~ This post originally appeared on my sister blog, The Voice of Our Song on 16 May 2012 ~
In two days time I celebrate the fifth anniversary of All that I am, all that I ever was.
Although I haven’t been blogging continuously throughout this period (due to homelessness, psychosis and wildly unstable mental health) I feel it is important for me to celebrate this occasion. Some may consider it arrogant, some a little self-serving, but given the distinct lack of happiness from my life over the last five years, I don’t care. Where others get to celebrate birthdays, engagements, weddings and numerous other special occasions when they have friends and ‘a life’; I get to celebrate one of the few things that has kept me alive over the last half a decade.
This blog is my child, my friend, my companion, my counselor, my lover and my home. How can I not celebrate it’s birthday?
For those who have been following my blog the last fortnight has seen a stark depression take over its content. I do apologise for this, even though I know I shouldn’t. This downturn of mood is part and parcel of having to deal with the daily pain and complication of unsupported mental illness. However frustrating it’s been – it could be a whole lot worse!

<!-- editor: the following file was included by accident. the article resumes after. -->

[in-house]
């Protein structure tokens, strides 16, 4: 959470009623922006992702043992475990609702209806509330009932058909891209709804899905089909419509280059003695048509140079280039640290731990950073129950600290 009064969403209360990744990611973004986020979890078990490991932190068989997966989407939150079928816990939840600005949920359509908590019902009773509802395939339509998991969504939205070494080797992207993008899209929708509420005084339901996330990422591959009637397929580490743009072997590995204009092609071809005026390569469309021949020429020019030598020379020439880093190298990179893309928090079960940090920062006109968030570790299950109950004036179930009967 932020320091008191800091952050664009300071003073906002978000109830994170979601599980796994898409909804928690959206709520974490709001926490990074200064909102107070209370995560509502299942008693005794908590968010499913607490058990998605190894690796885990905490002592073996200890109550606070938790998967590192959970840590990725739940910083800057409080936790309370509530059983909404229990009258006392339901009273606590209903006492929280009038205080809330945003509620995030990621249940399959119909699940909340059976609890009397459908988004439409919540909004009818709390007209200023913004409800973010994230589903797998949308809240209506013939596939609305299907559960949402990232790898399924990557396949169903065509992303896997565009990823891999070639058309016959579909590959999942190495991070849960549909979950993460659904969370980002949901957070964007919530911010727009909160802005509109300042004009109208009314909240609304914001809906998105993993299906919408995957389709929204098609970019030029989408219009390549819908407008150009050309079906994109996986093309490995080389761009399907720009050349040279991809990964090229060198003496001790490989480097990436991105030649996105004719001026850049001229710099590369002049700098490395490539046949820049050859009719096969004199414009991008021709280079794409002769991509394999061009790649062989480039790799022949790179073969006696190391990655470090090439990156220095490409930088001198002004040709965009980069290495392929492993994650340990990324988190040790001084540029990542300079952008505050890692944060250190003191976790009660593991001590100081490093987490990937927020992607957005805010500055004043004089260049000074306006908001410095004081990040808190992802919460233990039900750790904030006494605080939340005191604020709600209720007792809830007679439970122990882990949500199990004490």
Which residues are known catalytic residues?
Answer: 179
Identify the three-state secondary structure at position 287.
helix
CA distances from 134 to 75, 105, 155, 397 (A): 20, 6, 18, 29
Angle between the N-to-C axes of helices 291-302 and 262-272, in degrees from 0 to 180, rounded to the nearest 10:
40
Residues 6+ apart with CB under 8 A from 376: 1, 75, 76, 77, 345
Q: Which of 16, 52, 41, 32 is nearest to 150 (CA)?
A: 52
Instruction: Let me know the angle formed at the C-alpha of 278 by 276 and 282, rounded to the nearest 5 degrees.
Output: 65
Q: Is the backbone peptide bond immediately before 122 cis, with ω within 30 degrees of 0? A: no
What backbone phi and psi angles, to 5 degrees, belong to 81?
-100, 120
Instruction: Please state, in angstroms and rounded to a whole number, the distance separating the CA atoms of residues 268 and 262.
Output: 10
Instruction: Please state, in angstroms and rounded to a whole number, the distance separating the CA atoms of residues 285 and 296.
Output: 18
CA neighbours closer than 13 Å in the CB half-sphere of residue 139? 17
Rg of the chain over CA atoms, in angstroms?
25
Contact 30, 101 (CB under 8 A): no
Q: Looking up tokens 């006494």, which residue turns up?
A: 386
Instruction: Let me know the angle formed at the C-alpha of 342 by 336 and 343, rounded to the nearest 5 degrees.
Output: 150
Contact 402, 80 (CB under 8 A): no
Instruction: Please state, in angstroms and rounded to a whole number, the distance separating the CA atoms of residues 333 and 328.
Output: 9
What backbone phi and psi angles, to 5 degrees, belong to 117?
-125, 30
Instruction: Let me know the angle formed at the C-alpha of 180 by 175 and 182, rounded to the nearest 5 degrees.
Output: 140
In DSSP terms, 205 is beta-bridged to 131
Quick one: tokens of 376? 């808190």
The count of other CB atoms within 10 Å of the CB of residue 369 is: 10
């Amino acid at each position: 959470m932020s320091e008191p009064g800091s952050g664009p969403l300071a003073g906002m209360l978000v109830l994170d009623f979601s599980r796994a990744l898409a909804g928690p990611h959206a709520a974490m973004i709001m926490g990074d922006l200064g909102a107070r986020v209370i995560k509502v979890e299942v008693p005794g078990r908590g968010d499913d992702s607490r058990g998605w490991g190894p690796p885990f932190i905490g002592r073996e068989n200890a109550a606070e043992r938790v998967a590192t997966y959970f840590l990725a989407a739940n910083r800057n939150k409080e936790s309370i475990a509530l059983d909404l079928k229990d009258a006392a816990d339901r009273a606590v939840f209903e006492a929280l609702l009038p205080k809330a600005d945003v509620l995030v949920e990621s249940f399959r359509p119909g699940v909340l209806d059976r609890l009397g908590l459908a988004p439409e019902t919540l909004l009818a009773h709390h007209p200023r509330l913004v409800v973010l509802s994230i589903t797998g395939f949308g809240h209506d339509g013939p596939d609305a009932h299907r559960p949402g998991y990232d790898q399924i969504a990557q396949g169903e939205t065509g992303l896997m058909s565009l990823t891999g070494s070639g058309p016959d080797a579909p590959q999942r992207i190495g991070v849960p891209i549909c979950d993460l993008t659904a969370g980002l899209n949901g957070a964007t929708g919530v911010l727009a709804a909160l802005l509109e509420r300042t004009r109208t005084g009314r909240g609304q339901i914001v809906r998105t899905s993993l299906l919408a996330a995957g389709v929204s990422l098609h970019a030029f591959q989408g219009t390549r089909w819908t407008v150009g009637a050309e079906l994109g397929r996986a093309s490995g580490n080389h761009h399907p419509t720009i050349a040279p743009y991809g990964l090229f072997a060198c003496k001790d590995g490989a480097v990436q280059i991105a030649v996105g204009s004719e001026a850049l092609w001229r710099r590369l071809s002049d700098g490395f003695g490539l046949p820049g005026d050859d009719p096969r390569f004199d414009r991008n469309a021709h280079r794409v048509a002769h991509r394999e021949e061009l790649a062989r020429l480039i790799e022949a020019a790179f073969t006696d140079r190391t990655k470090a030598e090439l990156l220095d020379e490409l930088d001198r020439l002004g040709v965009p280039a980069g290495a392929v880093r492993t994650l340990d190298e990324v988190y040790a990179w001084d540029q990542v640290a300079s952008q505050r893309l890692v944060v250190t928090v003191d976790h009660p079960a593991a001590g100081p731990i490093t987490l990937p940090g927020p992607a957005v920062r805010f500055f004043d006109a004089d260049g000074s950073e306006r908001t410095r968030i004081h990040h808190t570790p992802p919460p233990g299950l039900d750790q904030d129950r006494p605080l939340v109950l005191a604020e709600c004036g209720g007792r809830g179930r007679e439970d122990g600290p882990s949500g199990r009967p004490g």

Throughout the last several days I have been planning (and writing) a special series of posts to mark the fifth anniversary of this blog. Debuting on Sunday, they will reflect on the last five years of my life from the point of view of the primary themes that I write about; including the stigma of mental health, homelessness, social isolation and recovery.
I will also be launching a brand spanking new blog challenge – one that I am deeply passionate yet extremely frightened of – as well as instigating a few minor changes that I hope will improve the quality (and your enjoyment) of my little corner of the world-wide web.
After the heartache of the fifth anniversary I suffered through last week; it’s nice to have this brighter anniversary to look forward to :)
Over the next two days, in anticipation of Sunday, I will be importing the missing posts from my old blogging days so as to fully archive all (existing) writing into this version of the blog.
When I began this a few weeks ago, inserting these backdated pages saw a flurry of emails being sent to my wonderful subscribers. As I haven’t been able to figure a way to stop this from happening, I apologise in advance if I spam your readers/inboxes over the next 48 hours :)